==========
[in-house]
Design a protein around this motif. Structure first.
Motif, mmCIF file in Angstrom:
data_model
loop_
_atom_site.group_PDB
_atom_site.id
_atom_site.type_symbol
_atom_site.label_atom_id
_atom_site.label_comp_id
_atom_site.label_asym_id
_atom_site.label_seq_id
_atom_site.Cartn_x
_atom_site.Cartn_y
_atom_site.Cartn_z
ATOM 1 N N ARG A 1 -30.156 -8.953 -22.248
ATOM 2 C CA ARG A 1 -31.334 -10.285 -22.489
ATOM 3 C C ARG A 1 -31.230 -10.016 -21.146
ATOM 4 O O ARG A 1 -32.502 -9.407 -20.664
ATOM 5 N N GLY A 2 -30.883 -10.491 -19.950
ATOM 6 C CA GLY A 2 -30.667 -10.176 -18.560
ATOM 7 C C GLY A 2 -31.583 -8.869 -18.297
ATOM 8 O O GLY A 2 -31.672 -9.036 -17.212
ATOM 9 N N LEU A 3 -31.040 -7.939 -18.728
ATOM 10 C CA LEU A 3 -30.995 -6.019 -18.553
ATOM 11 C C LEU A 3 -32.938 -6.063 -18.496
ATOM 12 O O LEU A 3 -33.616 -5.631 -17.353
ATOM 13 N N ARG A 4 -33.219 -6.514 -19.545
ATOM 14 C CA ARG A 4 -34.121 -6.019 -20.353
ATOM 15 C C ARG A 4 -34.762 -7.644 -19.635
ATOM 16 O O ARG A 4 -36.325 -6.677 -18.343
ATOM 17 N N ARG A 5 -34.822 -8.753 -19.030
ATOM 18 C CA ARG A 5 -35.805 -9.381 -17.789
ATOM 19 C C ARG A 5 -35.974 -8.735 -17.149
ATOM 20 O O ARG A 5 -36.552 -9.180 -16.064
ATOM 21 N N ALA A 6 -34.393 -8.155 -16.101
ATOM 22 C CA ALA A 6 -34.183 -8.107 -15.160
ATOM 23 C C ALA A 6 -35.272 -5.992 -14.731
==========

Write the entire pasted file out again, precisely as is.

[in-house]
Design a protein around this motif. Structure first.
Motif, mmCIF file in Angstrom:
data_model
loop_
_atom_site.group_PDB
_atom_site.id
_atom_site.type_symbol
_atom_site.label_atom_id
_atom_site.label_comp_id
_atom_site.label_asym_id
_atom_site.label_seq_id
_atom_site.Cartn_x
_atom_site.Cartn_y
_atom_site.Cartn_z
ATOM 1 N N ARG A 1 -30.156 -8.953 -22.248
ATOM 2 C CA ARG A 1 -31.334 -10.285 -22.489
ATOM 3 C C ARG A 1 -31.230 -10.016 -21.146
ATOM 4 O O ARG A 1 -32.502 -9.407 -20.664
ATOM 5 N N GLY A 2 -30.883 -10.491 -19.950
ATOM 6 C CA GLY A 2 -30.667 -10.176 -18.560
ATOM 7 C C GLY A 2 -31.583 -8.869 -18.297
ATOM 8 O O GLY A 2 -31.672 -9.036 -17.212
ATOM 9 N N LEU A 3 -31.040 -7.939 -18.728
ATOM 10 C CA LEU A 3 -30.995 -6.019 -18.553
ATOM 11 C C LEU A 3 -32.938 -6.063 -18.496
ATOM 12 O O LEU A 3 -33.616 -5.631 -17.353
ATOM 13 N N ARG A 4 -33.219 -6.514 -19.545
ATOM 14 C CA ARG A 4 -34.121 -6.019 -20.353
ATOM 15 C C ARG A 4 -34.762 -7.644 -19.635
ATOM 16 O O ARG A 4 -36.325 -6.677 -18.343
ATOM 17 N N ARG A 5 -34.822 -8.753 -19.030
ATOM 18 C CA ARG A 5 -35.805 -9.381 -17.789
ATOM 19 C C ARG A 5 -35.974 -8.735 -17.149
ATOM 20 O O ARG A 5 -36.552 -9.180 -16.064
ATOM 21 N N ALA A 6 -34.393 -8.155 -16.101
ATOM 22 C CA ALA A 6 -34.183 -8.107 -15.160
ATOM 23 C C ALA A 6 -35.272 -5.992 -14.731